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post #3 of 4 (permalink) Old 06-16-2011, 10:33 PM
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i just can't understand why the lower and rad feel cool to the touch when the fans are "stuck" on?
It's quite possible. The sensor for the ECM fan control is in the water pipe at the top of the engine. It's measuring the temperature of hot coolant as it comes out of the block.

The bottom hose of the radiator is the "cool" return to the engine. Coolant flows from the water pipe to the radiator where it is cooled, especially when the fans are on. If the outside air temperature, flow rate through the radiator, and the fan speeds are all right, the coolant can well be cooled down to close to ambient temperature and would feel cool to the touch in the lower hose.

The cooled coolant goes from the lower hose to the thermostat and then to the pump where it is returned to the block. But the thermostat sensor is on the engine side, and in the path of coolant going through the continuous flow bypass circuit (water pipe, cabin heater core, thermostat). The bypass will still be providing hot coolant which will keep the thermostat open at least partially. Even though the lower radiator pipe feels cool, there might still be coolant flow through it.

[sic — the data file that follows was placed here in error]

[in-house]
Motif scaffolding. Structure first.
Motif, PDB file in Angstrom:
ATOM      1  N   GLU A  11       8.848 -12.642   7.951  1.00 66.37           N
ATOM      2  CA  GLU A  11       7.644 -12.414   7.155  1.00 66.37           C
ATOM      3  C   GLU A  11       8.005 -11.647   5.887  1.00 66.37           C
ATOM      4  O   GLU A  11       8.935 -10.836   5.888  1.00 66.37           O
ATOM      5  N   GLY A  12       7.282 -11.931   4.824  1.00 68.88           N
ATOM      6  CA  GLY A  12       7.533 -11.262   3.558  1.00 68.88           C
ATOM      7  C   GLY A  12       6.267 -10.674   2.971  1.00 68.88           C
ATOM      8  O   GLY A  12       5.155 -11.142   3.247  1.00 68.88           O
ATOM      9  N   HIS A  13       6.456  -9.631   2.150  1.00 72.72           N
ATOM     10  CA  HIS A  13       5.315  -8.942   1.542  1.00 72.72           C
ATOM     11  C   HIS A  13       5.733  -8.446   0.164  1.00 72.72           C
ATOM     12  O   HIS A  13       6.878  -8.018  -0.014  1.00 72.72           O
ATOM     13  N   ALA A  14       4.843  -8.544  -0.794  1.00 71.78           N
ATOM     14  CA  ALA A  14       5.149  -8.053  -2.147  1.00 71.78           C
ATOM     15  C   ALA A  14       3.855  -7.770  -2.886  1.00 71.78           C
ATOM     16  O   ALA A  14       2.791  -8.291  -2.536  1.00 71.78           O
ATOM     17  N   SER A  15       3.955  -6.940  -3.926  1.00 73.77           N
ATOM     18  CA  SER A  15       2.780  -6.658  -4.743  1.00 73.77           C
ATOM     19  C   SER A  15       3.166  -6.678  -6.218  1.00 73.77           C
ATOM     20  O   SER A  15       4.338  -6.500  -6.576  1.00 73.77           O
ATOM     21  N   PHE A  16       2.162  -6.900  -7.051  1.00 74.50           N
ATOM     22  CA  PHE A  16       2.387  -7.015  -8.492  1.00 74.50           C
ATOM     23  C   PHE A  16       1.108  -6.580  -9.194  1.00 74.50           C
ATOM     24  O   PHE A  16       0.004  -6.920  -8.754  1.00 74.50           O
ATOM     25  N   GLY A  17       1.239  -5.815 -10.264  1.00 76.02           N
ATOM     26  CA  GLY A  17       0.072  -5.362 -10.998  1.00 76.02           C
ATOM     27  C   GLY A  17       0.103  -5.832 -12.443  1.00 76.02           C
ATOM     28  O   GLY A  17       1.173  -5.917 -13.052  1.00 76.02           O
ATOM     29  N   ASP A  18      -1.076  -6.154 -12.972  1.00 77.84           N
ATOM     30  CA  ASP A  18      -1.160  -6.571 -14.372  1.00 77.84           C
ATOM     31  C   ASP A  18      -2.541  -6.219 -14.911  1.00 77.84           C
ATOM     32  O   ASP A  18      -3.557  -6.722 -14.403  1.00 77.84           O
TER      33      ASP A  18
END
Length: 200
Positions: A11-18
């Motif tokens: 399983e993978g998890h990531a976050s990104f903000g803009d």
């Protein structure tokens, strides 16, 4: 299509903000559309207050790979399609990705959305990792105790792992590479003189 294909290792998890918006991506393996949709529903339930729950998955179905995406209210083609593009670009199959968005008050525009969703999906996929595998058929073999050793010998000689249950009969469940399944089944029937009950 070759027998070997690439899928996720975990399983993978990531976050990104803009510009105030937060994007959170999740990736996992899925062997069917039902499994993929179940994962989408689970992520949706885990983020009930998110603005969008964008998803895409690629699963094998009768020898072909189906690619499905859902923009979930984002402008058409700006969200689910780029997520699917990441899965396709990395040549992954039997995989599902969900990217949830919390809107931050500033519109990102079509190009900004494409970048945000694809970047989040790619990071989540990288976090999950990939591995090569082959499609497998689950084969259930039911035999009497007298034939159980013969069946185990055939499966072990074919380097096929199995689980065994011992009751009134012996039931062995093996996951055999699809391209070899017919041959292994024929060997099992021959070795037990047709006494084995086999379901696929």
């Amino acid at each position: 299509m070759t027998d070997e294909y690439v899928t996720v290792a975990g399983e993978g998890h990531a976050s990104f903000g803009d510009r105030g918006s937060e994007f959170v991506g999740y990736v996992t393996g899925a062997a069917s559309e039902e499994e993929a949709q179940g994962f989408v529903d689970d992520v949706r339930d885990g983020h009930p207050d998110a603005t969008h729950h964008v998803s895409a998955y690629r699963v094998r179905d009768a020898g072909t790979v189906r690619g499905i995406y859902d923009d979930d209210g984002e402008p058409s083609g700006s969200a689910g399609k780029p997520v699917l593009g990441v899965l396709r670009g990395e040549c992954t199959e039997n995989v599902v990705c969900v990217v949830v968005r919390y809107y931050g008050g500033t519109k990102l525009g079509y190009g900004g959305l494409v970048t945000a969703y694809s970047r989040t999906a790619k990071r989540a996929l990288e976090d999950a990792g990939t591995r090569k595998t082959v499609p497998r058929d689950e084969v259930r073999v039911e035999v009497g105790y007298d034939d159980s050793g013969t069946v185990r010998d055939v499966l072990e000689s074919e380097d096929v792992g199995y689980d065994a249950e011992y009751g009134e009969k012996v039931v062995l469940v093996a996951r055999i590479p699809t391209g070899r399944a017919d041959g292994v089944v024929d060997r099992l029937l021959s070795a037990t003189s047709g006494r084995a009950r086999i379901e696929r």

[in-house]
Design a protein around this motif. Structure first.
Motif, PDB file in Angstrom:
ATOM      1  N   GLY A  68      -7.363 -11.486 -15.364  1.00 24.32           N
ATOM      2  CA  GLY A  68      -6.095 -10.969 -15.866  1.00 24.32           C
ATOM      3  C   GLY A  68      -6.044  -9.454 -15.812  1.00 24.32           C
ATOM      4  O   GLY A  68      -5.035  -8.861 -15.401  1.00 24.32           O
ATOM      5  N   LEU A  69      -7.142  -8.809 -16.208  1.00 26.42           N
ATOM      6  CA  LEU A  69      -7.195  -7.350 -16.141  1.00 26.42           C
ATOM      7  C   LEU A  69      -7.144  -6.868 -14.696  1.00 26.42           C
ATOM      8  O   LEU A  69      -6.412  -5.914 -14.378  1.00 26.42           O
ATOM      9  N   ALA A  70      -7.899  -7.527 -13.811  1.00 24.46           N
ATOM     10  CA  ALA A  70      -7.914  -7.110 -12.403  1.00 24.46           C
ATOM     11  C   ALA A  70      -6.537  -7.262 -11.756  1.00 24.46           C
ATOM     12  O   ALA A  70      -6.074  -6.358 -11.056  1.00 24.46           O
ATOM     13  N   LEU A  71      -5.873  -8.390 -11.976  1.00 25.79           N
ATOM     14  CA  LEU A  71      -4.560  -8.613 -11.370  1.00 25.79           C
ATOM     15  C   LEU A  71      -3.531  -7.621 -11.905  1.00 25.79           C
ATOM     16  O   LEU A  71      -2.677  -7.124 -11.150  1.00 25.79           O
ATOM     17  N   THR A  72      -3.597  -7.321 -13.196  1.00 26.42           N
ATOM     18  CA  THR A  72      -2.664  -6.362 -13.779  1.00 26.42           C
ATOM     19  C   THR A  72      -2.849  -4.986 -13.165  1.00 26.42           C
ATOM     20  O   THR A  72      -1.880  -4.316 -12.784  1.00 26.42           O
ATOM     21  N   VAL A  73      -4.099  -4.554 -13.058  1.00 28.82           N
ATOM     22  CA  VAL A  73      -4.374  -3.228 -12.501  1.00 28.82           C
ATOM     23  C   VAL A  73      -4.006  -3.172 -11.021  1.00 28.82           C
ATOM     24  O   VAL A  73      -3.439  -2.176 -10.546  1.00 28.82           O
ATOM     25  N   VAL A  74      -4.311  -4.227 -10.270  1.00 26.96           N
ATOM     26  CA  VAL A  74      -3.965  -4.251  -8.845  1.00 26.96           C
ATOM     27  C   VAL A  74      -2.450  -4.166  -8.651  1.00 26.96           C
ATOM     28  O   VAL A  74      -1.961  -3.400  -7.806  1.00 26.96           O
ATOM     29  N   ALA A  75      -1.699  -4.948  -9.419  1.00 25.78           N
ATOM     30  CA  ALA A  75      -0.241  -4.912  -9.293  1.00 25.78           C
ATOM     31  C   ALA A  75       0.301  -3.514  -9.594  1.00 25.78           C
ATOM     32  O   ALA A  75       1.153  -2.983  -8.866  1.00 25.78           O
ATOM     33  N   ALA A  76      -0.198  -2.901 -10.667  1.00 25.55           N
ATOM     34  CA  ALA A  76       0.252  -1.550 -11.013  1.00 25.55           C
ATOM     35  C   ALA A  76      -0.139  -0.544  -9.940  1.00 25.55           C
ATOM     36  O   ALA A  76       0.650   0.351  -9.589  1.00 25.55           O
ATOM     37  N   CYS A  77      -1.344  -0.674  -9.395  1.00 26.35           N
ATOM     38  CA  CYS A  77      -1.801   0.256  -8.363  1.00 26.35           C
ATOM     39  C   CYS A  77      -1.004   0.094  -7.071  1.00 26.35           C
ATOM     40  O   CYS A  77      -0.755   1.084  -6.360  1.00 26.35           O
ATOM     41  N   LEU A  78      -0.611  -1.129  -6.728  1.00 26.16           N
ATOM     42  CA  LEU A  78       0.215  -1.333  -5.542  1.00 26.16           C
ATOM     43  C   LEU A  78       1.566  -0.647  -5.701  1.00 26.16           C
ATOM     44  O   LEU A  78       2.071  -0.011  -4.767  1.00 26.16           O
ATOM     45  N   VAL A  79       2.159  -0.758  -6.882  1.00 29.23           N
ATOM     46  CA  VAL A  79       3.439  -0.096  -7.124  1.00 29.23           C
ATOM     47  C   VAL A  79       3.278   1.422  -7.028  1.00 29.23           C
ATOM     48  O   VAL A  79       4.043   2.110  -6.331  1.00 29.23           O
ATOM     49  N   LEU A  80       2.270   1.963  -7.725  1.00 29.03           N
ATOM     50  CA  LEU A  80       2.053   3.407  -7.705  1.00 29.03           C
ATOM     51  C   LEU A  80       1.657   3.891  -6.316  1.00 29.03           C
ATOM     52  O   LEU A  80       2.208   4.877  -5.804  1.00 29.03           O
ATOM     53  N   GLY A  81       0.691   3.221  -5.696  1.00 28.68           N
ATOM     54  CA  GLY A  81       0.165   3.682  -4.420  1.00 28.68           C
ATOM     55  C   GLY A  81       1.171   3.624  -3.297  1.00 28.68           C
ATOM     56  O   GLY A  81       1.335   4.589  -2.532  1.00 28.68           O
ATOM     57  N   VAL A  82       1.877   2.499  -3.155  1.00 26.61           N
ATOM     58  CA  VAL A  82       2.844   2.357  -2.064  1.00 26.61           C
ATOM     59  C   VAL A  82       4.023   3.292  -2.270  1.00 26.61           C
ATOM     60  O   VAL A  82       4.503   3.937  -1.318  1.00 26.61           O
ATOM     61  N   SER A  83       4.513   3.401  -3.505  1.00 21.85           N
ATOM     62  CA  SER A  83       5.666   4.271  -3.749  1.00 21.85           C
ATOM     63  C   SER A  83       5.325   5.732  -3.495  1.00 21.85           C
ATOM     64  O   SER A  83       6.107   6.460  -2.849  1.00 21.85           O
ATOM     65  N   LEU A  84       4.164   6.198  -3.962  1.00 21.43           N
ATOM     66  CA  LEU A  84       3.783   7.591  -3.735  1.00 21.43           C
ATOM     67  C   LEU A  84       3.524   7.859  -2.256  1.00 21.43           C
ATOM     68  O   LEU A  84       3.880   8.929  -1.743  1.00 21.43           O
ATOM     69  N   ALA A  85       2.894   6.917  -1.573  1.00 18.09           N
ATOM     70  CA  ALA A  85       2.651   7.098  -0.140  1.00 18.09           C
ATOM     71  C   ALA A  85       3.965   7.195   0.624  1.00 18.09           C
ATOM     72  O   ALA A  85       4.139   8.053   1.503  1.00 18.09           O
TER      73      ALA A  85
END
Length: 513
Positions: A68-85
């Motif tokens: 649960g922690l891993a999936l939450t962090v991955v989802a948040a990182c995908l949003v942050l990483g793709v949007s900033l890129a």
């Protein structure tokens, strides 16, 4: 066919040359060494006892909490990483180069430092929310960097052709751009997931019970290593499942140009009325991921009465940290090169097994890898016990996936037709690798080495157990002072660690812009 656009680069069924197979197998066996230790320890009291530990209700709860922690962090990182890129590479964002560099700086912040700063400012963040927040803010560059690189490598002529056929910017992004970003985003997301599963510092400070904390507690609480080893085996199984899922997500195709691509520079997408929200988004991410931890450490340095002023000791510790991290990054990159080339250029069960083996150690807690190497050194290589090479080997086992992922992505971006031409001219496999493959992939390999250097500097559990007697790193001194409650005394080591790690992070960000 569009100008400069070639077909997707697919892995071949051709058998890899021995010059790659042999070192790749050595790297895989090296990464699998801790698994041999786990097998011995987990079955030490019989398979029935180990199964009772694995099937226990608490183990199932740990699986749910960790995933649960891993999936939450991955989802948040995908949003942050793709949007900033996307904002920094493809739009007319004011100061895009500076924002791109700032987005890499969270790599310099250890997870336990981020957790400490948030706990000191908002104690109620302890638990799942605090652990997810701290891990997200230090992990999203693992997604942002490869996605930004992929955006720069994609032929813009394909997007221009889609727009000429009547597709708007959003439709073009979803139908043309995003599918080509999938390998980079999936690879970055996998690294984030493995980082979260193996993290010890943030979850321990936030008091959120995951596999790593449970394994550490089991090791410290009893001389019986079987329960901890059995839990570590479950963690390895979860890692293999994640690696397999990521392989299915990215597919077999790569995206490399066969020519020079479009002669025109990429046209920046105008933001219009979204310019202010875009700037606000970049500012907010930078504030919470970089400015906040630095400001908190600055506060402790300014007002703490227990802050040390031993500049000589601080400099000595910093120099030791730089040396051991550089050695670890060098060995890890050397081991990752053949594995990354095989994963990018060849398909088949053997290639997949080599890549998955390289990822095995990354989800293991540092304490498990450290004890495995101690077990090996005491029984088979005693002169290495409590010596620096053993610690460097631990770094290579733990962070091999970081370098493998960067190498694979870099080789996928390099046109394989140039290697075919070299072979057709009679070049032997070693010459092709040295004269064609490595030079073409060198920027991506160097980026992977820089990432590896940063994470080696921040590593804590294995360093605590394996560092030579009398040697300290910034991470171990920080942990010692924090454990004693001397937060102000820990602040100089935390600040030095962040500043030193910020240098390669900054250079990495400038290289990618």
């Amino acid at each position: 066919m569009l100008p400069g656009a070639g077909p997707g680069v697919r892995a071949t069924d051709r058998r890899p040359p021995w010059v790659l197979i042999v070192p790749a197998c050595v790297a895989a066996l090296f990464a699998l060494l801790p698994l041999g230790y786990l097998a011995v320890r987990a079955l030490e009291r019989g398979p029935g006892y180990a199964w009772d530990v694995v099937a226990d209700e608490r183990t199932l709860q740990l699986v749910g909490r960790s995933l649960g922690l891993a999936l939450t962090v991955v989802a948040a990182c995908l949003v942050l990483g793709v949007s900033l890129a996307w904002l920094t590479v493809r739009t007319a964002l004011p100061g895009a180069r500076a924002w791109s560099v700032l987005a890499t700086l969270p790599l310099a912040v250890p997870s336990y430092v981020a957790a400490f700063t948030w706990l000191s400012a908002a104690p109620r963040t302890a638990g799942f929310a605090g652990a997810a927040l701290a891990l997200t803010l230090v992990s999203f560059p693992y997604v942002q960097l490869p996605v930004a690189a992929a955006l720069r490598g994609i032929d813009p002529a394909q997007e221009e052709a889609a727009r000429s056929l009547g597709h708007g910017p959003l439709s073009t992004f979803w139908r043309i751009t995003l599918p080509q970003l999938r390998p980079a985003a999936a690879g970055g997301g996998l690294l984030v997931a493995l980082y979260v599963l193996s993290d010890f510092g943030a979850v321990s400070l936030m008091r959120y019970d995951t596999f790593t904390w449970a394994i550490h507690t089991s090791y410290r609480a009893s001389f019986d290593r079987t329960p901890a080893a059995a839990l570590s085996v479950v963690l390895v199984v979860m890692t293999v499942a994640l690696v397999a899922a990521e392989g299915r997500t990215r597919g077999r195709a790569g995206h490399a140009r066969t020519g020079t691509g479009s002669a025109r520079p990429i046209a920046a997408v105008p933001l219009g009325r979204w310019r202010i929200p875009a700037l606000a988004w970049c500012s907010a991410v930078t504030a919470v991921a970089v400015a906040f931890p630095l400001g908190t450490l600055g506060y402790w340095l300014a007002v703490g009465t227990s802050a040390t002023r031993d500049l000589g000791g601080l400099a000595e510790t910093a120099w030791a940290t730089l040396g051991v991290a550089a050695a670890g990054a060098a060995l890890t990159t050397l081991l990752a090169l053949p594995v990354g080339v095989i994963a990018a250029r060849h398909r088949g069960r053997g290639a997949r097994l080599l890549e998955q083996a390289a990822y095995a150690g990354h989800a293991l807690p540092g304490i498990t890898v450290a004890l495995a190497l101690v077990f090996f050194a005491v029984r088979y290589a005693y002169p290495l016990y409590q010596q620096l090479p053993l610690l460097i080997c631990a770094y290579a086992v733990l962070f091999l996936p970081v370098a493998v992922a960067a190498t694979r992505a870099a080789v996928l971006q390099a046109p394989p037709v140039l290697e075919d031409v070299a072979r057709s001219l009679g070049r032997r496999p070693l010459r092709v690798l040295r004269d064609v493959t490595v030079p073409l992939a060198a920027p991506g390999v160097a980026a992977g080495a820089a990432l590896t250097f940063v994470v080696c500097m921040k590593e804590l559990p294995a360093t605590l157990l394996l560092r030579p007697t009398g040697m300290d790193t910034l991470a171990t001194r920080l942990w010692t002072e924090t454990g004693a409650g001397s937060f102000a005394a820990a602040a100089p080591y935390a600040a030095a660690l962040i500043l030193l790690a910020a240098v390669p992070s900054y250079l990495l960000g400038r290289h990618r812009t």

So, the coolant at the top of the engine, in the water pipe, is too hot. This coolant passes through the radiator and is cooled by the fans. The cooled liquid continues to flow because the thermostat sensor is responding, in part, to the hotter coolant coming through the bypass circuit.

Quote:
could it be sucking air or loosing coolant forming a air pocket when hot?
If the coolant is low due to a slow leak, the remaining coolant has to absorb the same heat, so it will tend to be overheated. This will cause the ECM sensor to turn the fans on. The fans and radiator might cool the liquid sufficiently as it passes through the radiator, but on it's return to the block it gets extra-hot again.
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post #4 of 4 (permalink) Old 06-17-2011, 01:03 AM Thread Starter
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Originally Posted by plain OM View Post